Not long ago, my 18 year old son Riley asked me the most interesting question: “Dad, why didn’t you go to a Divnity School?”
That’s not a typical question that anyone asks, much less an 18 year old.
But after pondering it for a couple of days, I figured out why he asked what he asked. As some of you know, I did my undergraduate studies at a university known for being rather selective (the tennis coach had a large say in my admission).
Yet I studied for ministry at an independent, stand-alone school called Asbury Seminary in Kentucky.
Back to Riley. As he explored colleges this year (he’s headed to Chapel Hill this fall), he discovered that many of the most elite undergraduate universities in the country also have graduate schools of theology. Places like Harvard Divinity School, Yale Divinity School, Duke Divinity School, Vanderbilt Divinity School, and Emory University’s Candler School of Theology.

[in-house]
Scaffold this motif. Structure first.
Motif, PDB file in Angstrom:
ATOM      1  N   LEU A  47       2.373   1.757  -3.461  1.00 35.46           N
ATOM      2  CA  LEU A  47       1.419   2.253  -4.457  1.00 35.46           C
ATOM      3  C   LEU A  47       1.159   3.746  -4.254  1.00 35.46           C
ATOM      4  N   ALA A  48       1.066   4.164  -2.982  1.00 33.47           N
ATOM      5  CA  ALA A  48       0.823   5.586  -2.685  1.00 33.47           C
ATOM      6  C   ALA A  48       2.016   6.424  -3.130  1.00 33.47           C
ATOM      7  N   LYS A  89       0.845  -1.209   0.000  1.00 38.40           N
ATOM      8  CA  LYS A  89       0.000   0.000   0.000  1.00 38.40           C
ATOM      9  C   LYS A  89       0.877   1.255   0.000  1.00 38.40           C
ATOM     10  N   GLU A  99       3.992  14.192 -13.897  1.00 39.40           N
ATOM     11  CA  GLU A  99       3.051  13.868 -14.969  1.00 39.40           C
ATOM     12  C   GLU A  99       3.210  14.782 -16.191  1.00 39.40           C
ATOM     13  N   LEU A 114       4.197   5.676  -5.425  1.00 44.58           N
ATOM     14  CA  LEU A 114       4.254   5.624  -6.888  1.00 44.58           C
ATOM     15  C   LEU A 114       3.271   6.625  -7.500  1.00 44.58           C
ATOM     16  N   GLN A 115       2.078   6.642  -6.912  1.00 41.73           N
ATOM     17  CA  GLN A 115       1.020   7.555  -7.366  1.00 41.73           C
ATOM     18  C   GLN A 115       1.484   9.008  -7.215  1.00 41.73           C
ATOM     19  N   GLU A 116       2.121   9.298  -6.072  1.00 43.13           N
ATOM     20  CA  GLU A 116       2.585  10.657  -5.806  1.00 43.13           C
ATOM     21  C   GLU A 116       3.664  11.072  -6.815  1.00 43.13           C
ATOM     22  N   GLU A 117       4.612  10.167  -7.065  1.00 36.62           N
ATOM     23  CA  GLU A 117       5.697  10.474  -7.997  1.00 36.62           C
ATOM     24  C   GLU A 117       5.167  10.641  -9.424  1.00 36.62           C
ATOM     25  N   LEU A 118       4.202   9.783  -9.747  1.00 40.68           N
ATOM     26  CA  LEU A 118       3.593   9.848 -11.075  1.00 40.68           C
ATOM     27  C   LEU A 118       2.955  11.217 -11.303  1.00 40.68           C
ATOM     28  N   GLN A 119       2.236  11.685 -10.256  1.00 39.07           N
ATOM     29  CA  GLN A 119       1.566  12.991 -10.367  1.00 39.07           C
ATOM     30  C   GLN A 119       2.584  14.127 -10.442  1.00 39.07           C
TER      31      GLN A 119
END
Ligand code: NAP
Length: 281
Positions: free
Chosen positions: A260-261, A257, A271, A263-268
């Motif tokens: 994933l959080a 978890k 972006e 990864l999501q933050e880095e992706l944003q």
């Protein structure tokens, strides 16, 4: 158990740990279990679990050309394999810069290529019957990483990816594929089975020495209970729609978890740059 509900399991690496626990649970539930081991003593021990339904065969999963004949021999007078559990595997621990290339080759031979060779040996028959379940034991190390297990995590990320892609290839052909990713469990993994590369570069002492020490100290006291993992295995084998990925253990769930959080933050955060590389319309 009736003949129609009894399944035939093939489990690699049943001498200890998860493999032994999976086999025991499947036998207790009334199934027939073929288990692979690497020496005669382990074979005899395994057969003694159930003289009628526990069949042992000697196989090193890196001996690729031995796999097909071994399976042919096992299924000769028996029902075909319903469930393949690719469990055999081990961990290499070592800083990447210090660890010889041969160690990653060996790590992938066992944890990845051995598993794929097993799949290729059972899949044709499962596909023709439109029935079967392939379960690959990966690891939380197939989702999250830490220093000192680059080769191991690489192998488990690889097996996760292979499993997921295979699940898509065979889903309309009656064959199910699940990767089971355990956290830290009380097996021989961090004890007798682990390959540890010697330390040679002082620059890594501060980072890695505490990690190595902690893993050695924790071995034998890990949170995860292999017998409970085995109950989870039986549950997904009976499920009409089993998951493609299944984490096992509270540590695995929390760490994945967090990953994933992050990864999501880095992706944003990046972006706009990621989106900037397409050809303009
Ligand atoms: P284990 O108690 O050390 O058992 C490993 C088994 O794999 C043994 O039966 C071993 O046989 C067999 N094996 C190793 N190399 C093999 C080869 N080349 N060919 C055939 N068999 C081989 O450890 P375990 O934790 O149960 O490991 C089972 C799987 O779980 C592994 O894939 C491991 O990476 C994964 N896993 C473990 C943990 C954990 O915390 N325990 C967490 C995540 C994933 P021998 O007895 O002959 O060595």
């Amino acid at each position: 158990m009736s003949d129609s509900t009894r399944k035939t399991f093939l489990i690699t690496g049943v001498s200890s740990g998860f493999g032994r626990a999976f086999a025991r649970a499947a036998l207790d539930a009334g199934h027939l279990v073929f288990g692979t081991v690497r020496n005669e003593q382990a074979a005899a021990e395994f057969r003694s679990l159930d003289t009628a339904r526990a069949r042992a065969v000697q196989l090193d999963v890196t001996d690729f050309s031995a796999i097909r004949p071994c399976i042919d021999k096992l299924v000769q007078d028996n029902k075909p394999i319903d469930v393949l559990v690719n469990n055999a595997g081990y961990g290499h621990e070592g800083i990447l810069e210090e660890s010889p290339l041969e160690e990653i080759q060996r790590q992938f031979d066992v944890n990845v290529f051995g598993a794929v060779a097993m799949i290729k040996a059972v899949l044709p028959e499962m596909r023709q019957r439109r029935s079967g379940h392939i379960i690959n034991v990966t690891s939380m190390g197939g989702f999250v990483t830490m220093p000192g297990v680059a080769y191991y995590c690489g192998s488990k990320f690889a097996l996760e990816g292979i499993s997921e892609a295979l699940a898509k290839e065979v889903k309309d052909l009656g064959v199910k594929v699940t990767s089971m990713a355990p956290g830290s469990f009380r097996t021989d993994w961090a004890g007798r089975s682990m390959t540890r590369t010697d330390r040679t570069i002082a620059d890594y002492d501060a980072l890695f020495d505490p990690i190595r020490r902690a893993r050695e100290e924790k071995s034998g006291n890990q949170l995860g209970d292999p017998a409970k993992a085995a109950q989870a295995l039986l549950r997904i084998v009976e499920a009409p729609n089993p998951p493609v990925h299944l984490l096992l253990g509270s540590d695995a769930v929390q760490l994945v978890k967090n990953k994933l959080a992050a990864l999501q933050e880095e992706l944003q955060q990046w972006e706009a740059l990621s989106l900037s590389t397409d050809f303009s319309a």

So when you’re 18 and you’ve been told by your culture, your family, and your peers that, when it comes to education, prestige = excellence, then Riley’s question becomes oh-so-logical. In fact, when I told him that Duke Divinity School is actually Methodist, he said, “Oh that would have been sweet!”
What Riley didn’t know, however, is the history and trajectory of most of those university-related schools of theology and the subsequent call for and rise of independent theological seminaries.
So to answer his question, I told him a little story and made him a little chart. Which I’ll share with you tomorrow.